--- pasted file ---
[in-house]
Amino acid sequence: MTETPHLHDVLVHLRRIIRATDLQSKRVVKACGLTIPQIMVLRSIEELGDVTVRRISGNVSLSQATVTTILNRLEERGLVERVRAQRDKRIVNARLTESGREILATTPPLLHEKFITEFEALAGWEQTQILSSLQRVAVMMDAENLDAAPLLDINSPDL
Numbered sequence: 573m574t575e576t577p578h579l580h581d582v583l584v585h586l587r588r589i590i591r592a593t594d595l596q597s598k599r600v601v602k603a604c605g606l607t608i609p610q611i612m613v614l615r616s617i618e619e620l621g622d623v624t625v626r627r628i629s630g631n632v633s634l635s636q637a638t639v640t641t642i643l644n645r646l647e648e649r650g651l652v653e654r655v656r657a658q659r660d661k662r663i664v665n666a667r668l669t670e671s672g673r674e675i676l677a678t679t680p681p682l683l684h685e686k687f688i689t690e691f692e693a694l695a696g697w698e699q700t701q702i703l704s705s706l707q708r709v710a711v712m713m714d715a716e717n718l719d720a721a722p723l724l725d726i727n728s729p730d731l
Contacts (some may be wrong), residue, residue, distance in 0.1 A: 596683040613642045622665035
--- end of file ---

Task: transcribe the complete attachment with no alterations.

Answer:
[in-house]
Amino acid sequence: MTETPHLHDVLVHLRRIIRATDLQSKRVVKACGLTIPQIMVLRSIEELGDVTVRRISGNVSLSQATVTTILNRLEERGLVERVRAQRDKRIVNARLTESGREILATTPPLLHEKFITEFEALAGWEQTQILSSLQRVAVMMDAENLDAAPLLDINSPDL
Numbered sequence: 573m574t575e576t577p578h579l580h581d582v583l584v585h586l587r588r589i590i591r592a593t594d595l596q597s598k599r600v601v602k603a604c605g606l607t608i609p610q611i612m613v614l615r616s617i618e619e620l621g622d623v624t625v626r627r628i629s630g631n632v633s634l635s636q637a638t639v640t641t642i643l644n645r646l647e648e649r650g651l652v653e654r655v656r657a658q659r660d661k662r663i664v665n666a667r668l669t670e671s672g673r674e675i676l677a678t679t680p681p682l683l684h685e686k687f688i689t690e691f692e693a694l695a696g697w698e699q700t701q702i703l704s705s706l707q708r709v710a711v712m713m714d715a716e717n718l719d720a721a722p723l724l725d726i727n728s729p730d731l
Contacts (some may be wrong), residue, residue, distance in 0.1 A: 596683040613642045622665035